The forest is a little quieter today.
For the first time in a long time, I asked Libby's permission before I did something. She's constantly worried about my safety, despite her busy schedule, and it's partly owing to her influence that I have people going with me to check out the mountain range next week. She is proof that fists can be influential.
I expected her to turn down my request. She would've been in her right to do so. It was a dangerous undertaking. But, no, she let me go. I'm not sure why I asked, or what I expected her to say, but she let me go.
Maybe because she knows how important Barrel is to me. She likes him too. He saved her life. I remember her playing with him, back in our old house… those were the days…
I went alone. I didn't want to endanger anyone else, and I hoped that June would have my back. She has expectations, and the fact that she told me to talk to Barrel made me feel more at ease in approaching his den. She wouldn't risk my life. She still needs me for something.
I wish somebody would need me for something normal. Like, say, Libby wants me for the mating thing. With the thinger. That would be great. More of that, less of the destiny shit most people pile on my head.
I trekked through the rows of redwood trees in silence, following the slope into the valley in the depths of the forest. It didn't take too long before I was at the bottom, scrabbling through the tracks left over by my last visit here. I hesitated plenty of times on my way to Barrel's den, but each time memories of him impelled me to take a few more steps.
Our first meeting in the king's tower.
I rounded a corner. I could hear his heavy breathing.
The first time I saw his scars.
Smoke rose and billowed from an unseen nose.
The first time he licked me.
A faint, almost gentle roar, followed by one of greater aggravation - perhaps even frustration.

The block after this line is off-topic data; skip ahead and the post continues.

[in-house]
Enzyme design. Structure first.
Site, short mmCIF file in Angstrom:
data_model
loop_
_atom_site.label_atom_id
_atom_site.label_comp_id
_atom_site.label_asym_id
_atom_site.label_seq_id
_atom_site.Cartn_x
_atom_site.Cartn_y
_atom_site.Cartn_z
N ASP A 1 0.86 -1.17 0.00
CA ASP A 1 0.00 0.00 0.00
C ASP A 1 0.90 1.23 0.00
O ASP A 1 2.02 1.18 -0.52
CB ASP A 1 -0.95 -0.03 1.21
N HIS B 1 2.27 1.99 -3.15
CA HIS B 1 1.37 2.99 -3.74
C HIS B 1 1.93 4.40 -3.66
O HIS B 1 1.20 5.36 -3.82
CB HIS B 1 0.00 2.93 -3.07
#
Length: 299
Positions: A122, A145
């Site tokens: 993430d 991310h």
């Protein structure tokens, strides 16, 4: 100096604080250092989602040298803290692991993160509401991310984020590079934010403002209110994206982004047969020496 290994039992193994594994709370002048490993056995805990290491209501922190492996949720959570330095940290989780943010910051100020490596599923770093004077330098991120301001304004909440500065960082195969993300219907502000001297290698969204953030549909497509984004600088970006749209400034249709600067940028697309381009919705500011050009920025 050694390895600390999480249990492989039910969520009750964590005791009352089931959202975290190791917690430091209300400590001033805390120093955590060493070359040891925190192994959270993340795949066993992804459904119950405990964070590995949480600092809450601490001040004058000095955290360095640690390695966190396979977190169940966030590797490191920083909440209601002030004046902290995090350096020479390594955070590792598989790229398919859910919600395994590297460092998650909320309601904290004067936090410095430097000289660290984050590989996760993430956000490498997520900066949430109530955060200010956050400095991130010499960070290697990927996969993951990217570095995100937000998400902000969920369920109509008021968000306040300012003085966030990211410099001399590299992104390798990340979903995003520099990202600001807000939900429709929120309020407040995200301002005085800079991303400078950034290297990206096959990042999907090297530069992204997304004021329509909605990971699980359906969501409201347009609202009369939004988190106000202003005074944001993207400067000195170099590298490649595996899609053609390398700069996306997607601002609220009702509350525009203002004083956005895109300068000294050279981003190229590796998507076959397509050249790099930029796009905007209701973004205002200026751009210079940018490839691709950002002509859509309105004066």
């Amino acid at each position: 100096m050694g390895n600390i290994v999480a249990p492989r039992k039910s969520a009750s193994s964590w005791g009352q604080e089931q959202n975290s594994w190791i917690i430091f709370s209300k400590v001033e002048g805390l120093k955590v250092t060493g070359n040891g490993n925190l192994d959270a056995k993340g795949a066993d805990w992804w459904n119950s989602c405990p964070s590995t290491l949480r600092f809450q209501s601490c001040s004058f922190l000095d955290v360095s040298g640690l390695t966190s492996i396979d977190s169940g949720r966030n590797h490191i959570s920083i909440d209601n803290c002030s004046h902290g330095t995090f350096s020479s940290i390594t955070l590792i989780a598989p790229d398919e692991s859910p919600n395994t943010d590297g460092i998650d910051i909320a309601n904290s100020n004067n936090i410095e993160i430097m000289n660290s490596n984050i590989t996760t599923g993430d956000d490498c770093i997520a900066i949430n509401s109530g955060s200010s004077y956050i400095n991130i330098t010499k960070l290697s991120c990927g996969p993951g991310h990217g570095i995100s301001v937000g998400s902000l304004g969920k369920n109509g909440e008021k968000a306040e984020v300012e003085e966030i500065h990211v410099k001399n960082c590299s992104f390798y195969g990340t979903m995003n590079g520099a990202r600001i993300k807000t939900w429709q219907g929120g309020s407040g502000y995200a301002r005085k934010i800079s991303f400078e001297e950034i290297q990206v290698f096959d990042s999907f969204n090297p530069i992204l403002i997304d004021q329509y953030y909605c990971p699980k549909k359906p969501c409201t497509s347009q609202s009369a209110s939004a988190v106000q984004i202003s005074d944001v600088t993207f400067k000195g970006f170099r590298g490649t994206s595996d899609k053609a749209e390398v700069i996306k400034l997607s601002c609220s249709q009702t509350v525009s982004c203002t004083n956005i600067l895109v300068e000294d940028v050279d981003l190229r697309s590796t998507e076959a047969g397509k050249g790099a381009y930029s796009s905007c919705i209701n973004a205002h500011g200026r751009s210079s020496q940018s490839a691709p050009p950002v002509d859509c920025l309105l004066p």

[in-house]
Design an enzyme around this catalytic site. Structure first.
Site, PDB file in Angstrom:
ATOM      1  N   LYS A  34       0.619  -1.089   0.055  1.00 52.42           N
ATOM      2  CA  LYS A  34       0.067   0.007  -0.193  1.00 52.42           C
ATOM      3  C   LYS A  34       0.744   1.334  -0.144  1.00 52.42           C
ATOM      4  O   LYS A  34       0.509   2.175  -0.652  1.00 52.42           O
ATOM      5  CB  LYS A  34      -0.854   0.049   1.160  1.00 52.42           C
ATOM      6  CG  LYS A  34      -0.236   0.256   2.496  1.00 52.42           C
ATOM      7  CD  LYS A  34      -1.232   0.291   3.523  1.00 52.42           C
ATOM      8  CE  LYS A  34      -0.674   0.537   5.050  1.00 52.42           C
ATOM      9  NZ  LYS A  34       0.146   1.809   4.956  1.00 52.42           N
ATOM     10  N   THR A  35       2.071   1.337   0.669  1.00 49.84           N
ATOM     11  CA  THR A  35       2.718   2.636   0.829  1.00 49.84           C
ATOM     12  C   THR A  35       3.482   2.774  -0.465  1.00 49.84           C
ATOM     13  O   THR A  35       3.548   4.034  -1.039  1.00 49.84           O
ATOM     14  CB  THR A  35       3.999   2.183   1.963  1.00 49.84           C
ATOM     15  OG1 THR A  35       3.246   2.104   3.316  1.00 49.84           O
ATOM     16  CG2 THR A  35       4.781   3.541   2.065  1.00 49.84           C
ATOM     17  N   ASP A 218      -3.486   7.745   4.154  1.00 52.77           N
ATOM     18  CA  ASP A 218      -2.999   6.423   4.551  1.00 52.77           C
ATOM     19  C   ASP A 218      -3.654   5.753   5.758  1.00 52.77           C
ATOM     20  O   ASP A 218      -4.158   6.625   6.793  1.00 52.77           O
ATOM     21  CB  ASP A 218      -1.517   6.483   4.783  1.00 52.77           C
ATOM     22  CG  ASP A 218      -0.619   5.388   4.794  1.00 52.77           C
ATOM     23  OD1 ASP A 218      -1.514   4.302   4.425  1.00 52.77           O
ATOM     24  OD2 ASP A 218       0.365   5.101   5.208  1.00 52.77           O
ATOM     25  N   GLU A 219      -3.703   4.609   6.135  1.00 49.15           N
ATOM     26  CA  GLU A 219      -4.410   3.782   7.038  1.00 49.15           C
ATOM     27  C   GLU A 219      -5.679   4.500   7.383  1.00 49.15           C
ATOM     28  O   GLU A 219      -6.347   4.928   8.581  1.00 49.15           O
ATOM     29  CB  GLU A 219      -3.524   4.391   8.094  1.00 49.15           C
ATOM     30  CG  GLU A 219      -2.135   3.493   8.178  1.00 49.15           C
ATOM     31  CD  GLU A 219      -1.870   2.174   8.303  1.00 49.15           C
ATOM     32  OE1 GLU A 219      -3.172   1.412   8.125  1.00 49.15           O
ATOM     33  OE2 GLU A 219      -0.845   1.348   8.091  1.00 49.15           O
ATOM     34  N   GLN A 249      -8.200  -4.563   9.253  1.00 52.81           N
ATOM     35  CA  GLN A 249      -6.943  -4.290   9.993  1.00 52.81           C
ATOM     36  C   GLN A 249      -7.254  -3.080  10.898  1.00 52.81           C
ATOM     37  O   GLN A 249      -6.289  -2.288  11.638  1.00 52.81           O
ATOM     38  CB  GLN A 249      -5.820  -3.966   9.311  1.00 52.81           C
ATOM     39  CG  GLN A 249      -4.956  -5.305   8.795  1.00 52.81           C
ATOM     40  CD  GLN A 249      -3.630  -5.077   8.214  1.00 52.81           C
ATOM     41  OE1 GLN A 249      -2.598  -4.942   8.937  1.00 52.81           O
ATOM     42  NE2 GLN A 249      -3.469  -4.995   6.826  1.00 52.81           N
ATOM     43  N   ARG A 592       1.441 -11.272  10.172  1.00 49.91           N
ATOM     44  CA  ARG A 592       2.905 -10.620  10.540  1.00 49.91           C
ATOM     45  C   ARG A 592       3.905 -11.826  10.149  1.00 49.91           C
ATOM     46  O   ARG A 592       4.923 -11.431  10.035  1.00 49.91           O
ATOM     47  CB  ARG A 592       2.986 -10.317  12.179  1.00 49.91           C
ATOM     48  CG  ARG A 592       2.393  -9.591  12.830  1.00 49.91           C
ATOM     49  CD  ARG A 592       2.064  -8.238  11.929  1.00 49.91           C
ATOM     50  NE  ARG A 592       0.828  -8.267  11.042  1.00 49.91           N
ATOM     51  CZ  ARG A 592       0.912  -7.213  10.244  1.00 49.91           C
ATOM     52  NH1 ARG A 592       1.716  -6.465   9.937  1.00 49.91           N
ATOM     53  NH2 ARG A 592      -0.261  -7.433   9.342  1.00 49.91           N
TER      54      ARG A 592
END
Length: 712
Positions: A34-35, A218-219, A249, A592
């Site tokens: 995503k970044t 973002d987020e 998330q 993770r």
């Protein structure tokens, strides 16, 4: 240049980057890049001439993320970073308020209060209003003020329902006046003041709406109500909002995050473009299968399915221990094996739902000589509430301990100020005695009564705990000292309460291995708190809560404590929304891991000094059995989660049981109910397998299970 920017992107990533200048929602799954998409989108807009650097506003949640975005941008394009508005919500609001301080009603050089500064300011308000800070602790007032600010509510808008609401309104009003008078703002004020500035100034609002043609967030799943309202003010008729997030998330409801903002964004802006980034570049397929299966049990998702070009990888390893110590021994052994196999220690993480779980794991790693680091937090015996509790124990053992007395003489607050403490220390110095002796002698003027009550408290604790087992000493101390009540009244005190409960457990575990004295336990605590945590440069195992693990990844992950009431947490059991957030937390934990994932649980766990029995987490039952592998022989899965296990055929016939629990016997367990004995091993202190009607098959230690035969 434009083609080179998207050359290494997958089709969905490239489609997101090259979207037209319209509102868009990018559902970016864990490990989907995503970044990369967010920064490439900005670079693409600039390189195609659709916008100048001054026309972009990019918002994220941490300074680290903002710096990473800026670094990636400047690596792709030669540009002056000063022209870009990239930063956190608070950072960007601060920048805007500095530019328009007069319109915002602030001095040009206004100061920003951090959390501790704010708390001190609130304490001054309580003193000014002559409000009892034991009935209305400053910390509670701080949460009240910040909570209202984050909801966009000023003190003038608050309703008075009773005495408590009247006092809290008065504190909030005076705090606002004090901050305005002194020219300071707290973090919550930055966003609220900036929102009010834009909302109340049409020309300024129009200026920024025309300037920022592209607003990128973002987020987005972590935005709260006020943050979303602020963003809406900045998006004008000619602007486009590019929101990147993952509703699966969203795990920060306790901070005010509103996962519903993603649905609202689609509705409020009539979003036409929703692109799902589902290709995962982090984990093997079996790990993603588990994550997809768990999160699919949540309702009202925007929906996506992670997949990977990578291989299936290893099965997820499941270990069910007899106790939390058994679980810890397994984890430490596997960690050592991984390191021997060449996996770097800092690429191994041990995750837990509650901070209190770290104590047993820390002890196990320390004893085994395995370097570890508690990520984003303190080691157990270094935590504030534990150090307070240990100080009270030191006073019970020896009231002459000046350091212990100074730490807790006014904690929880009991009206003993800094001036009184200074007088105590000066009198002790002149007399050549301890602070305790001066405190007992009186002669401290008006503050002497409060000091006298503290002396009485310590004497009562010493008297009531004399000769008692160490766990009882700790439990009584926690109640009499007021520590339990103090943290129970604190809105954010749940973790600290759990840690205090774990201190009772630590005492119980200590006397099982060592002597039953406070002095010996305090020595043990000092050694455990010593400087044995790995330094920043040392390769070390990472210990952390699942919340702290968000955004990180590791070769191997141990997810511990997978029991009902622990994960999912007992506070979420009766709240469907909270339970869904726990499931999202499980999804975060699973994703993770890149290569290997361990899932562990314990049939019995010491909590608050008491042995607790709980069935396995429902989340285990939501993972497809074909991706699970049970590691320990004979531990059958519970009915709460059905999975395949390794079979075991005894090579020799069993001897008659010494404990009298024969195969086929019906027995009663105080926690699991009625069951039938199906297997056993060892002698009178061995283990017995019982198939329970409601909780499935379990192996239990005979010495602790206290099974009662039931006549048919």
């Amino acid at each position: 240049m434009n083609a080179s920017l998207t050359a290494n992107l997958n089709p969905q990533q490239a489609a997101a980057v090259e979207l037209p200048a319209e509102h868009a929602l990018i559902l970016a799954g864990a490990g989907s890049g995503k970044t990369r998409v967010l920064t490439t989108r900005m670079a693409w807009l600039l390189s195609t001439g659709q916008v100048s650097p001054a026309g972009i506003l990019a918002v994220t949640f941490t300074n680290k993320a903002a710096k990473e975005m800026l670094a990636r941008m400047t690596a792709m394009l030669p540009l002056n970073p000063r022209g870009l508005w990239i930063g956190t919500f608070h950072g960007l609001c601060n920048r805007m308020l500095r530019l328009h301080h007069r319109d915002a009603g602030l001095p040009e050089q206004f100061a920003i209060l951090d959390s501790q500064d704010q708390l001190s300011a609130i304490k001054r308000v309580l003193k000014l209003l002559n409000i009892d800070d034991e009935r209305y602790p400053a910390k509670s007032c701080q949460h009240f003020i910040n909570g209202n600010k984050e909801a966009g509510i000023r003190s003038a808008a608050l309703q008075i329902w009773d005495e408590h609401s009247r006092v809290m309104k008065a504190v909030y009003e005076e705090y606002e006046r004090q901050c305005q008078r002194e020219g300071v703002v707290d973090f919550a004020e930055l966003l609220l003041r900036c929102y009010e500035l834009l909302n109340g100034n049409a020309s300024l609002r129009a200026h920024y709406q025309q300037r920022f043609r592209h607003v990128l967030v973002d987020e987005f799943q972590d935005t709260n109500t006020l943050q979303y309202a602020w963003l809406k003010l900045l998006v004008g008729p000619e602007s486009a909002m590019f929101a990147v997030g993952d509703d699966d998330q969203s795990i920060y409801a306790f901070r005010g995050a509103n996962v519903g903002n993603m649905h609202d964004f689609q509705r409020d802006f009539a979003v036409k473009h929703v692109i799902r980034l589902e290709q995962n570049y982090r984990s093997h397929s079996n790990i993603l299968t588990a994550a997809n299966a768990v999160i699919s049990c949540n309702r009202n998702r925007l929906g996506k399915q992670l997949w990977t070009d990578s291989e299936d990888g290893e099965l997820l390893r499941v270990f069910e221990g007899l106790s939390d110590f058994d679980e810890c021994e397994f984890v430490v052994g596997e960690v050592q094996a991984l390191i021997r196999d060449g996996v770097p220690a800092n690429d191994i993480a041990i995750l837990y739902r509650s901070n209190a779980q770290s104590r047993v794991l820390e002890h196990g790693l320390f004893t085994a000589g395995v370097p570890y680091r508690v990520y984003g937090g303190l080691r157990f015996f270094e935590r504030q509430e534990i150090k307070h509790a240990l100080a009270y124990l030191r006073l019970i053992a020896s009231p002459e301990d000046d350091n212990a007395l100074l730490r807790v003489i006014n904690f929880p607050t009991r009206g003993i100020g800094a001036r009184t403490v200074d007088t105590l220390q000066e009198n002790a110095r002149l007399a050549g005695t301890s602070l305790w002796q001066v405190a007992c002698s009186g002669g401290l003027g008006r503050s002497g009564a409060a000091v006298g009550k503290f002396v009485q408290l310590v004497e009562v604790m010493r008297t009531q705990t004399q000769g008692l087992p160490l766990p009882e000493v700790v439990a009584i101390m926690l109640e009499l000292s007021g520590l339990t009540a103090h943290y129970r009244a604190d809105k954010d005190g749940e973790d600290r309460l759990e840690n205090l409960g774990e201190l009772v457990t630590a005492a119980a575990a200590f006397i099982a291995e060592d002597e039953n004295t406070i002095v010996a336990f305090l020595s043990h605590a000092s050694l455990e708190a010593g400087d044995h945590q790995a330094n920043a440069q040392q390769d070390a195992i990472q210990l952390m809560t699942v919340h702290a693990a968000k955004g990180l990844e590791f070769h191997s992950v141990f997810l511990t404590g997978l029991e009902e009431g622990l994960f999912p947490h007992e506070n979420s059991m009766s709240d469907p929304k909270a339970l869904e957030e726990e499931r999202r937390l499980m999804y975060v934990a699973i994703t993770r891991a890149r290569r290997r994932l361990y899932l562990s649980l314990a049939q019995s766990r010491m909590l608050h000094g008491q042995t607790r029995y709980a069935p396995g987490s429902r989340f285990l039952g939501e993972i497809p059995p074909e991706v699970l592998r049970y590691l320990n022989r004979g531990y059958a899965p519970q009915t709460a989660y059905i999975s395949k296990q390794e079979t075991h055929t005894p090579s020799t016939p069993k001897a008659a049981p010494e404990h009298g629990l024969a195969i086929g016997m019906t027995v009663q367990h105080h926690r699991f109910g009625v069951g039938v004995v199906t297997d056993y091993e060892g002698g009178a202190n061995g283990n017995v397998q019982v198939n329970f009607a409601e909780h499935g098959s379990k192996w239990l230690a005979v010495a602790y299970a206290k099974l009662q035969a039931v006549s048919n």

Saving me from the hole, from a polar bear, from werewolves.
The flick of a massive tail, the shifting of an enormous body stuck halfway inside a cave.
That wry look when I lied and said he could use magic.
I tripped in the snow, shaken by the movement of a creature of legend getting to its feet, watching and waiting for somebody to come into view.
His sudden appearance in the hole, a saviour to over a dozen people. To my wife and unborn child. An unborn child that would torment him months later.
"Go, buddy. Go find your own kind."
Barrel loomed over me, as he always has, larger-than-life and more intimidating than any creature ever born. Yet there was no anger in his eyes, no hint of attack, only sadness and frustration and hormonal despair. A pleading desire to be forgiven.
"Yeah. Go. Go on. I'll be okay."
Barrel's ragged wings erupted out of his back, hidden by whatever power makes dragons exist. He stared skyward, brushing back trees with his snout, slapped his tail in the snow -
- threw me one last mournful look -
- and left. I took cover as globs of white and a shower of twisted, broken branches rained down around Barrel's clearing, and when I emerged I caught the sun filtering down from above. It cast a jagged circle of light in the snow, illuminating Barrel's launch pad.
Somewhere, far above, Barrel roared his goodbye.
I made up my mind last night. I have no regrets, even if it means I have to walk to the mountain.
Bye, Barrel. I don't know if I'll ever see you again. I hope I do. Have fun mating.
Dragomir the Mayor